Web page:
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Journal of Korean Neurosurgical Society > Volume 64(4); 2021 > Article
Kim, Ahn, Youn, and Jeon: Profiling of T Cell Receptor β-Chain Complimentary Determining Regions 3 Repertoire in Subarachnoid Hemorrhage Patients Using High-Throughput Sequencing



The adaptive immune response following subarachnoid hemorrhage (SAH) is not well understood. We evaluated and compared the T cell receptor (TCR) immune repertoire of good-grade and poor-grade SAH patients to elucidate the T cell immunology after ictus.


Peripheral blood from six SAH patients was collected at two different times, admission and at the 7-day follow-up. Composition and variation of the TCR β-chain (TCRB) complimentary determining regions (CDR) 3 repertoire was examined using high-throughput sequencing; the analysis was based on sampling time and disease severity (good vs. poor-grade SAH).


Clonality at admission and follow-up were 0.059 (0.037-0.038) and 0.027 (0.014-0.082) (median, 25th-75th percentile). Poor-grade SAH (0.025 [0.011-0.038]) was associated with significantly lower clonality than good-grade SAH (0.095 [0.079-0.101]). Poor-grade SAH patients had higher diversity scores than good-grade SAH patients. CDR length was shorter in good-grade SAH vs. poor-grade SAH. Differences in clonotype distribution were more prominent in TCRBV gene segments than TCRBJ segments. TCRBV19-01/TCRBJ02-04 and TCRBV28-01/TCRBJ02-04 were the most increased and the most decreased V-J pairs in the 7-day follow-up compared to admission in good-grade SAH. The most increased and decreased V-J pairs in poor-grade SAH patients were TCRBV28-01/TCRBJ02-06 and TCRBV30-01/TCRBJ02-04, respectively.


The TCRB repertoire is dynamic in nature following SAH. TCRB repertoire may facilitate our understanding of adaptive immune response according to SAH severity.


The adaptive immune response is mediated by diverse receptors on the surface of T cells that allow for recognition of pathogens [8]. Accordingly, identification of the T cell receptor (TCR) repertoire can be used to monitor the host immune response. Characterization of TCR repertoires have proven useful in cancer and autoimmune disease patients who received immunotherapy [34]. Sims et al. [30] sequenced TCRs of glioma αand β-chains. They showed that more divergent VJ-independent repertoires are associated with tumors than non-neoplastic tissues. Yu et al. [34] evaluated the associations between TCR repertoire and symptom remission in systemic lupus erythematosus (SLE) patients treated with glucocorticoids. They suggested that monitoring of the TCR complimentary determining region (CDR) 3 is related to prognosis in SLE, suggesting that it mirrors therapeutic efficacy. T cells are also actively involved in atherosclerosis [14,22]. Jia et al. [14] reported epigenetic suppression of forkhead box that was related with a decrease in regulatory T cells, resulting in an increased risk of atherosclerosis. In addition, the T cell response is involved in the initiation of plaque disruption [10].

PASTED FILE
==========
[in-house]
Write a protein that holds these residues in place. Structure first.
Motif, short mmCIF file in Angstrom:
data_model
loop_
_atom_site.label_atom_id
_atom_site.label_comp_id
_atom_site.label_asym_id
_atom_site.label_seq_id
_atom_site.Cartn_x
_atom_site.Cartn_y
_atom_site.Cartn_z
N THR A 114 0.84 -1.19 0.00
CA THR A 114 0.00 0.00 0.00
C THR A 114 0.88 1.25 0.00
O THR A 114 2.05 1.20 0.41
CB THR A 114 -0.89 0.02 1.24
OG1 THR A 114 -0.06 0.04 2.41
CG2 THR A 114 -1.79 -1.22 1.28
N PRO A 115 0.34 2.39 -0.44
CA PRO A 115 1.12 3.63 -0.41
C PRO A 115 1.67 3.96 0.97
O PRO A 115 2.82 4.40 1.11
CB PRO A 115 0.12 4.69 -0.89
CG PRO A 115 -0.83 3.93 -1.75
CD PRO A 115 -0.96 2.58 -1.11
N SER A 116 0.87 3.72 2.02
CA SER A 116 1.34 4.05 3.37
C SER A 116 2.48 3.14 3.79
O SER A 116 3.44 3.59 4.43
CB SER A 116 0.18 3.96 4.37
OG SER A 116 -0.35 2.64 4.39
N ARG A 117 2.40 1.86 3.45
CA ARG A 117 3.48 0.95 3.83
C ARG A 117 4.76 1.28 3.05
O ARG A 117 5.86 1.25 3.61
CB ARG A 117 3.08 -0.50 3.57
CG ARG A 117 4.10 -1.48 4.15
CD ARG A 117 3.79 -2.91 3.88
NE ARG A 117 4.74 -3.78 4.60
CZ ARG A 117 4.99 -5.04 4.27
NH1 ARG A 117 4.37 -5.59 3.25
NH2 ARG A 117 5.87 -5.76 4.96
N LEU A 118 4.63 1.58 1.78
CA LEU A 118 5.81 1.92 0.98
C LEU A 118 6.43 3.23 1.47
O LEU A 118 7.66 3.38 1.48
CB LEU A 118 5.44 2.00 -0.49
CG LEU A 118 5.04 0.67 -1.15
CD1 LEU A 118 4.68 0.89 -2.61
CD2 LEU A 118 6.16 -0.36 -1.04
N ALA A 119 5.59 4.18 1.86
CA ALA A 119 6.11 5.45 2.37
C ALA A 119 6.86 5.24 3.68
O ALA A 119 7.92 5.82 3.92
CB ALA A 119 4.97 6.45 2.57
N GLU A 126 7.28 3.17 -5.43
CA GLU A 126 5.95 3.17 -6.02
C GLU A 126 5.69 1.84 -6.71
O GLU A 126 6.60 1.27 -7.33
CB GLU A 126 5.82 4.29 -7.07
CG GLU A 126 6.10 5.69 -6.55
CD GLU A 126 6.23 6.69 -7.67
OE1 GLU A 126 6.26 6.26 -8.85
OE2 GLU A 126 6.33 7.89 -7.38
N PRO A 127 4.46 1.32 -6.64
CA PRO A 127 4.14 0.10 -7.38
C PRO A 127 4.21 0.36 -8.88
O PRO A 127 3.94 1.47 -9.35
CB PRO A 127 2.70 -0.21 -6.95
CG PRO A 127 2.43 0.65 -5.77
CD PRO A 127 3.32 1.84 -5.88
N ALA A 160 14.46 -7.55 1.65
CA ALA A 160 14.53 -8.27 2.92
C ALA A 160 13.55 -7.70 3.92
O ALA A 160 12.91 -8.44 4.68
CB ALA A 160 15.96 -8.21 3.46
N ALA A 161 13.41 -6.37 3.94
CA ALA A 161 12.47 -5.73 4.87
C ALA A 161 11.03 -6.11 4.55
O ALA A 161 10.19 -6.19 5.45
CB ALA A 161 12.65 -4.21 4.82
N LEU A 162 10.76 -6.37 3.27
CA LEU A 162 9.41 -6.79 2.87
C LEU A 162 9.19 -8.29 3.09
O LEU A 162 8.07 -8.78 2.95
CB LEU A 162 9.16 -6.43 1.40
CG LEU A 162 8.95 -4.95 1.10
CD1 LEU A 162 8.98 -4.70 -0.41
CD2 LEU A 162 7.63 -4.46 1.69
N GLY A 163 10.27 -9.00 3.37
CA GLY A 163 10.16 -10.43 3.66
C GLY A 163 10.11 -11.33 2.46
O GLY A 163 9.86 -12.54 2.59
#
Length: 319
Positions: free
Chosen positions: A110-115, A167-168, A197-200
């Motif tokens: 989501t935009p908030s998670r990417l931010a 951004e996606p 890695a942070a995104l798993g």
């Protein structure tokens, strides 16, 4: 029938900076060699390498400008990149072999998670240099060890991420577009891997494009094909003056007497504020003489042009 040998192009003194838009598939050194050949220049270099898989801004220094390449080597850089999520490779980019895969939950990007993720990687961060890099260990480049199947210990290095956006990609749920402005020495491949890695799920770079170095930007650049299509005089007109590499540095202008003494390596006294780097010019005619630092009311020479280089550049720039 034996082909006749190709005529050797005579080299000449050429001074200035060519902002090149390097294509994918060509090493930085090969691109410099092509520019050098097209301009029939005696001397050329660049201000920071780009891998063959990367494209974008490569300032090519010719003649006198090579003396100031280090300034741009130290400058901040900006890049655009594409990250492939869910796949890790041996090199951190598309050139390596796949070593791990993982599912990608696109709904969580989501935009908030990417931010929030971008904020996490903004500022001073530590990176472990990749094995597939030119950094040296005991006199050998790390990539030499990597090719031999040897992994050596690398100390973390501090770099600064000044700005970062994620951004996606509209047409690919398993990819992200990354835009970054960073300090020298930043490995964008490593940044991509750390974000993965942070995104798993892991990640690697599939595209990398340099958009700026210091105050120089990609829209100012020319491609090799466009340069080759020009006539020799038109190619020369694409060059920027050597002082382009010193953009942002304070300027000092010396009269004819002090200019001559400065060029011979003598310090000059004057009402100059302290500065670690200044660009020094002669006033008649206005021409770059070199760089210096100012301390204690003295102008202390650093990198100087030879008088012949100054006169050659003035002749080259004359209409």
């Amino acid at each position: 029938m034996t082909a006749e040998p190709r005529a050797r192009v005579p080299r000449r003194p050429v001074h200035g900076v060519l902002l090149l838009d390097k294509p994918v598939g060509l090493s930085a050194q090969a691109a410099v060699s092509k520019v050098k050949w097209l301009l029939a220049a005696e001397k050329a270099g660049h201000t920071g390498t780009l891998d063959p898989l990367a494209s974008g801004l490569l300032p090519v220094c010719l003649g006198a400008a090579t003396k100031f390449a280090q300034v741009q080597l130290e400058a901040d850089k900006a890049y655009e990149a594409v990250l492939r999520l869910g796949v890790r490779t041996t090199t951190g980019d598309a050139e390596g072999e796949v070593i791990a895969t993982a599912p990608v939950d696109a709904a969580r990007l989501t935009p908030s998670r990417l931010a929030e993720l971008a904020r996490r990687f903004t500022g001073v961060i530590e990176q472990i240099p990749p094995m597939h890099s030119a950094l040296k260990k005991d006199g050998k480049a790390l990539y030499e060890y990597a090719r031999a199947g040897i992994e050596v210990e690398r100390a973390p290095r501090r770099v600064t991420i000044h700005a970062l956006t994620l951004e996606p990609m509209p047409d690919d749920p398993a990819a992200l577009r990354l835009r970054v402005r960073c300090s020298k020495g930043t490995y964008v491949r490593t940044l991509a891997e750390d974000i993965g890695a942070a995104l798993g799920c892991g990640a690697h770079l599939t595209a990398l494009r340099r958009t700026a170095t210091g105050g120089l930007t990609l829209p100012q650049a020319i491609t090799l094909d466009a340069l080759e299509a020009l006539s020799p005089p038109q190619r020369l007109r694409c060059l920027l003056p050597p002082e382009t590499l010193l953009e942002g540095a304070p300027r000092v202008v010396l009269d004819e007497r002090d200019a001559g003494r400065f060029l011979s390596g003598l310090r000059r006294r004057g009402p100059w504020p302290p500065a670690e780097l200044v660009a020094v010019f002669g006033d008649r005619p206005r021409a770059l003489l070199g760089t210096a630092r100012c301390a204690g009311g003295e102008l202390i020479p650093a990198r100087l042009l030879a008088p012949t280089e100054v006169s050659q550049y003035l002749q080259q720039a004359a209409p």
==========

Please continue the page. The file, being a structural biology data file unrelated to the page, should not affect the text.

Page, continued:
SAH occurs spontaneously via ruptured aneurysm, arteriovenous malformation (AVM), or traumatic brain injury. The mortality rate of SAH due to ruptured cerebral aneurysm exceeded 20% [21,33]. Although an aneurysm itself may be successfully occluded, neurologic complications can occur due to direct brain injury and vascular dysregulation [26]; such complications are associated with poor neurologic outcomes if not promptly treated. Consequently, SAH patients require multimodal monitoring in the neurointensive care unit for early detection of neurologic complications and subsequent optimal intervention [26]. In attempts to understand the pathophysiology of SAH, many researchers have focused on genomic and proteomic analyses; by comparison, the adaptive immune response has not been well studied [1]. Recently, we reported the TCR repertoire for the first time in SAH patients with and without delayed cerebral ischemia (DCI) [18]. In addition, we further evaluated the T cell immunology based on SAH severity to delineate SAH pathogenesis.


Study population